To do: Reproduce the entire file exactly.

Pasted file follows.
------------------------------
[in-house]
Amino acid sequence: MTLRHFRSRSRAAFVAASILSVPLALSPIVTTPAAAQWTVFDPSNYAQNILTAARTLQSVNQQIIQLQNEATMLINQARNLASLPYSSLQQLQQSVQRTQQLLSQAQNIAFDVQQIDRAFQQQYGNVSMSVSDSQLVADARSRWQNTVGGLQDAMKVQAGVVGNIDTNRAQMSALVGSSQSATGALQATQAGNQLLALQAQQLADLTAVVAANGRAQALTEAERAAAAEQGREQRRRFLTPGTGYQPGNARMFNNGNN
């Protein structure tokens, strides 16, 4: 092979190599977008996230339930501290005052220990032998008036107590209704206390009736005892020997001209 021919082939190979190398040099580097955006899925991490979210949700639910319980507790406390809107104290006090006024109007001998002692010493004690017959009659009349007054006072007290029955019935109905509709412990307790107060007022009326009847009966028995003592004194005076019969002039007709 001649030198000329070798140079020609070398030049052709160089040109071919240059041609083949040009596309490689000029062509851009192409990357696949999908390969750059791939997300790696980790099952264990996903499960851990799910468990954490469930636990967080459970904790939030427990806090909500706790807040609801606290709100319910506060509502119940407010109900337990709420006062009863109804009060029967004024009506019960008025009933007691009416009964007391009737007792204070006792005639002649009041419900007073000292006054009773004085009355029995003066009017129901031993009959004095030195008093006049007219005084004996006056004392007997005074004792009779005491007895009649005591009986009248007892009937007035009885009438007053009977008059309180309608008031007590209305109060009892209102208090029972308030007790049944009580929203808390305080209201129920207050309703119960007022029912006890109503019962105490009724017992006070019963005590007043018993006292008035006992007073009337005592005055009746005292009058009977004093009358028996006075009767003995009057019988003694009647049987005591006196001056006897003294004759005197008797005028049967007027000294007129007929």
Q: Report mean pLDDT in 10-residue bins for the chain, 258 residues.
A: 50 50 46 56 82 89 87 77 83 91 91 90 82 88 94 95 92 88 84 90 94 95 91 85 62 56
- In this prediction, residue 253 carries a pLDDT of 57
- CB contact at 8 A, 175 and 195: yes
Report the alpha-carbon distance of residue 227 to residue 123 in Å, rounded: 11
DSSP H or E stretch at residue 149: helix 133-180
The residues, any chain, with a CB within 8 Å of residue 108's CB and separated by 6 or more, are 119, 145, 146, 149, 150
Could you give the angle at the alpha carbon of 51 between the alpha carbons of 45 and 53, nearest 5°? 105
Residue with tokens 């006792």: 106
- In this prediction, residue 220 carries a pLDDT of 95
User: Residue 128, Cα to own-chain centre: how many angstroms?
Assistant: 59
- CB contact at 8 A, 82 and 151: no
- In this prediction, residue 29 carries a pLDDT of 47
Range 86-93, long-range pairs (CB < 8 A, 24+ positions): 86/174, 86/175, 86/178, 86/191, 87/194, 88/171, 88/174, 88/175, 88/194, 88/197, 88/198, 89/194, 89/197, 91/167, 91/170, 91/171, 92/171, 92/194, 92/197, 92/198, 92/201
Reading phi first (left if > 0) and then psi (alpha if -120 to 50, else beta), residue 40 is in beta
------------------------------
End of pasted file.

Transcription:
[in-house]
Amino acid sequence: MTLRHFRSRSRAAFVAASILSVPLALSPIVTTPAAAQWTVFDPSNYAQNILTAARTLQSVNQQIIQLQNEATMLINQARNLASLPYSSLQQLQQSVQRTQQLLSQAQNIAFDVQQIDRAFQQQYGNVSMSVSDSQLVADARSRWQNTVGGLQDAMKVQAGVVGNIDTNRAQMSALVGSSQSATGALQATQAGNQLLALQAQQLADLTAVVAANGRAQALTEAERAAAAEQGREQRRRFLTPGTGYQPGNARMFNNGNN
């Protein structure tokens, strides 16, 4: 092979190599977008996230339930501290005052220990032998008036107590209704206390009736005892020997001209 021919082939190979190398040099580097955006899925991490979210949700639910319980507790406390809107104290006090006024109007001998002692010493004690017959009659009349007054006072007290029955019935109905509709412990307790107060007022009326009847009966028995003592004194005076019969002039007709 001649030198000329070798140079020609070398030049052709160089040109071919240059041609083949040009596309490689000029062509851009192409990357696949999908390969750059791939997300790696980790099952264990996903499960851990799910468990954490469930636990967080459970904790939030427990806090909500706790807040609801606290709100319910506060509502119940407010109900337990709420006062009863109804009060029967004024009506019960008025009933007691009416009964007391009737007792204070006792005639002649009041419900007073000292006054009773004085009355029995003066009017129901031993009959004095030195008093006049007219005084004996006056004392007997005074004792009779005491007895009649005591009986009248007892009937007035009885009438007053009977008059309180309608008031007590209305109060009892209102208090029972308030007790049944009580929203808390305080209201129920207050309703119960007022029912006890109503019962105490009724017992006070019963005590007043018993006292008035006992007073009337005592005055009746005292009058009977004093009358028996006075009767003995009057019988003694009647049987005591006196001056006897003294004759005197008797005028049967007027000294007129007929």
Q: Report mean pLDDT in 10-residue bins for the chain, 258 residues.
A: 50 50 46 56 82 89 87 77 83 91 91 90 82 88 94 95 92 88 84 90 94 95 91 85 62 56
- In this prediction, residue 253 carries a pLDDT of 57
- CB contact at 8 A, 175 and 195: yes
Report the alpha-carbon distance of residue 227 to residue 123 in Å, rounded: 11
DSSP H or E stretch at residue 149: helix 133-180
The residues, any chain, with a CB within 8 Å of residue 108's CB and separated by 6 or more, are 119, 145, 146, 149, 150
Could you give the angle at the alpha carbon of 51 between the alpha carbons of 45 and 53, nearest 5°? 105
Residue with tokens 């006792």: 106
- In this prediction, residue 220 carries a pLDDT of 95
User: Residue 128, Cα to own-chain centre: how many angstroms?
Assistant: 59
- CB contact at 8 A, 82 and 151: no
- In this prediction, residue 29 carries a pLDDT of 47
Range 86-93, long-range pairs (CB < 8 A, 24+ positions): 86/174, 86/175, 86/178, 86/191, 87/194, 88/171, 88/174, 88/175, 88/194, 88/197, 88/198, 89/194, 89/197, 91/167, 91/170, 91/171, 92/171, 92/194, 92/197, 92/198, 92/201
Reading phi first (left if > 0) and then psi (alpha if -120 to 50, else beta), residue 40 is in beta